I have no idea what the kosher certifications are or aren't; I'm not speaking to any of that.
According to Wikipedia,
Martini is made from four ingredients: wine, botanicals, sugar and alcohol.
It's a vermouth, i.e. a flavored wine. I see no reason why the bracha would not be the same borei pri hagafen (or hagefen for Sephardim) as other wine or grape juice products.
If I recall correctly, the Kitzur Shulchan Aruch says that if vermouth is sufficiently flavored to no longer be called "wine", then the prohibition of stam yeinam no longer applies at that stage and the vermouth can be handled by non-Jews. (The Chochmas Adam quotes this as well, but appears to conclude stringently.) But I don't see that affecting its bracha status.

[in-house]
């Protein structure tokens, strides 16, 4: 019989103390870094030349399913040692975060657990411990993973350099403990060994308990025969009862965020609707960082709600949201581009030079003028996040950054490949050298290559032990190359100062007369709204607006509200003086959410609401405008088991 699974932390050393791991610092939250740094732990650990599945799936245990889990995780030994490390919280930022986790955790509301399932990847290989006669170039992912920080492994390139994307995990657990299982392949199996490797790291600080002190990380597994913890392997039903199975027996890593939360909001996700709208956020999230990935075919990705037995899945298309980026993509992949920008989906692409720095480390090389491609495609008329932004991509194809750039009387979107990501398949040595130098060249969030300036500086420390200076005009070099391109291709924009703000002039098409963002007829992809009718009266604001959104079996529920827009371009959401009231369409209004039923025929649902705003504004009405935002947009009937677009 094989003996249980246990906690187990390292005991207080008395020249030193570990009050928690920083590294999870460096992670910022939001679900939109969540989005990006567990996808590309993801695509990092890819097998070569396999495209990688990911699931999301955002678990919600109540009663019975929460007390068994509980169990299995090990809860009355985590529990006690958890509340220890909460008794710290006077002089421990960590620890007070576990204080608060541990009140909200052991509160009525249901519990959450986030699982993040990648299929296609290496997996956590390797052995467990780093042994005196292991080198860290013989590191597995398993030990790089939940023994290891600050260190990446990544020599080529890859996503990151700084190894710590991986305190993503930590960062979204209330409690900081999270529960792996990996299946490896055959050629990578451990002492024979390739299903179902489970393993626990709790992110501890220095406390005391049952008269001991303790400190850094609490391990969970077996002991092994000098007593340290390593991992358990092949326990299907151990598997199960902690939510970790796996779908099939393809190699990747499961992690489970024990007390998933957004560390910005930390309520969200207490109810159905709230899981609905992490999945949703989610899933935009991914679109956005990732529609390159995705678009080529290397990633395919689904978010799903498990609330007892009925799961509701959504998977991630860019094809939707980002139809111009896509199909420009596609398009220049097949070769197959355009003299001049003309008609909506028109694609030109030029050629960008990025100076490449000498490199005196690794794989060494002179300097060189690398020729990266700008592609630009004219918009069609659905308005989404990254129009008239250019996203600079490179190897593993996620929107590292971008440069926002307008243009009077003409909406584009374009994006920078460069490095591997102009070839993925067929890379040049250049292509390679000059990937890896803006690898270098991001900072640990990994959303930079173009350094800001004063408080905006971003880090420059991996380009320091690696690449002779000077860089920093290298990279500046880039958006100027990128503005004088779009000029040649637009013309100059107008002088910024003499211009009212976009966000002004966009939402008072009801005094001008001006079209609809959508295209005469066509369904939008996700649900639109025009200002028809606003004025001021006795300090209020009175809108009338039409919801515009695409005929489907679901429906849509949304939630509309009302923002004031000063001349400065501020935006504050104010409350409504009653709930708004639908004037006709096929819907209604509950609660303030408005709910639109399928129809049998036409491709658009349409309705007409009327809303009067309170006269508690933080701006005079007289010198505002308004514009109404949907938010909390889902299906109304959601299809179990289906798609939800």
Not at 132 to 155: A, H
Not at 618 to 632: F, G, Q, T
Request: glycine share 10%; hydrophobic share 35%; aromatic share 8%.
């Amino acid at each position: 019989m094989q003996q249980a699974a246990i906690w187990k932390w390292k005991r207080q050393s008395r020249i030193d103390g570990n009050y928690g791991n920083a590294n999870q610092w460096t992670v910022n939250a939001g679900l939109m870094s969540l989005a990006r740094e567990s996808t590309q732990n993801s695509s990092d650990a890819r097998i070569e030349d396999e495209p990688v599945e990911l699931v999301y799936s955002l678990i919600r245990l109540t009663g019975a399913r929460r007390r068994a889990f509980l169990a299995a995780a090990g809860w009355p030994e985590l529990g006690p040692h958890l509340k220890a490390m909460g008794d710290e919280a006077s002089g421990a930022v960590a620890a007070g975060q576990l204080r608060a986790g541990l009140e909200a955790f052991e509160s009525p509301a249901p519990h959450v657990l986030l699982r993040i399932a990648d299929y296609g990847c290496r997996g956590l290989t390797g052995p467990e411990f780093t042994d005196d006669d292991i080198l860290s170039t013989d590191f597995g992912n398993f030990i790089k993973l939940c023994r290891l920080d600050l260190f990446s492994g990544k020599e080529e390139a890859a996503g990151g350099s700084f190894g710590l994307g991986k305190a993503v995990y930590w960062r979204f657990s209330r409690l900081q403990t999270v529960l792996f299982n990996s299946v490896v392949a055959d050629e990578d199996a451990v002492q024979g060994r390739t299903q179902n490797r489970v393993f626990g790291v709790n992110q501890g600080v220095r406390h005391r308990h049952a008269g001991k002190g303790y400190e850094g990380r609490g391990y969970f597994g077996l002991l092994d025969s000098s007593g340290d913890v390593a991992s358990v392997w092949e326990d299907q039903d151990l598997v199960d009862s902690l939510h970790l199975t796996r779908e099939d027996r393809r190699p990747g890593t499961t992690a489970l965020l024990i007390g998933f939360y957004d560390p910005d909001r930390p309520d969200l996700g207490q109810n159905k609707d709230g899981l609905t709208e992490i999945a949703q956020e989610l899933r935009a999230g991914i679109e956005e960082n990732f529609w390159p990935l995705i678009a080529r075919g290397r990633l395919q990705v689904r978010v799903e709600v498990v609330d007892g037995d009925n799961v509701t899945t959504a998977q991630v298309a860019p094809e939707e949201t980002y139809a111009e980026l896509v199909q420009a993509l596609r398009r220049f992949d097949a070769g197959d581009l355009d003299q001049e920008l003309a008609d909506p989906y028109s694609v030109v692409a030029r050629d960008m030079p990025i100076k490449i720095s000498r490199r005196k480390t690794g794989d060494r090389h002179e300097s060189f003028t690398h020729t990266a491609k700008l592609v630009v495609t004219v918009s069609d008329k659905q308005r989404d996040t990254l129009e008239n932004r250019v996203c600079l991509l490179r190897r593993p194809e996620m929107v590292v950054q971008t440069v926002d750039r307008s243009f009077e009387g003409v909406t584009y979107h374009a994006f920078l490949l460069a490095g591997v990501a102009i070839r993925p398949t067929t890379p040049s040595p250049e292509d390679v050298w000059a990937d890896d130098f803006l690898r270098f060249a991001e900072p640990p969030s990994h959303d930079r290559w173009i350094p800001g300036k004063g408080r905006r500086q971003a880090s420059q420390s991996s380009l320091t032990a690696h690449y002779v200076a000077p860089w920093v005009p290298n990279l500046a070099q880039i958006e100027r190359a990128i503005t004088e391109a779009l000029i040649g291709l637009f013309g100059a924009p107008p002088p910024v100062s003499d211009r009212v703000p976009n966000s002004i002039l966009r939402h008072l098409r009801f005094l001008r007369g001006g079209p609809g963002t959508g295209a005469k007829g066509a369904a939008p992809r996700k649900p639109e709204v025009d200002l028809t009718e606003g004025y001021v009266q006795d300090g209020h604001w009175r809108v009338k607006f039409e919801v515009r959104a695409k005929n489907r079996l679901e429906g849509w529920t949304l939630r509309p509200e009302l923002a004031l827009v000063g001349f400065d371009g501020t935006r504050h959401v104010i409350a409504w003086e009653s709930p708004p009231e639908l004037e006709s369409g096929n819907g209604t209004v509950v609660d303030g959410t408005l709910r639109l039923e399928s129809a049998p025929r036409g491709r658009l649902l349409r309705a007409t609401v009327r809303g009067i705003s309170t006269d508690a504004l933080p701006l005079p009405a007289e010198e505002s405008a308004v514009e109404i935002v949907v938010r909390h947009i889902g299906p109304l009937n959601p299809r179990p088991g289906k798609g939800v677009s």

Of course this discussion refers to Martini vermouth; a martini cocktail is >70% gin by volume (with vermouth, such as Martini brand, as a lesser ingredient) and would be shehakol. Whether the olive (onion if a Gibson) garnish gets its own bracha is a separate question ...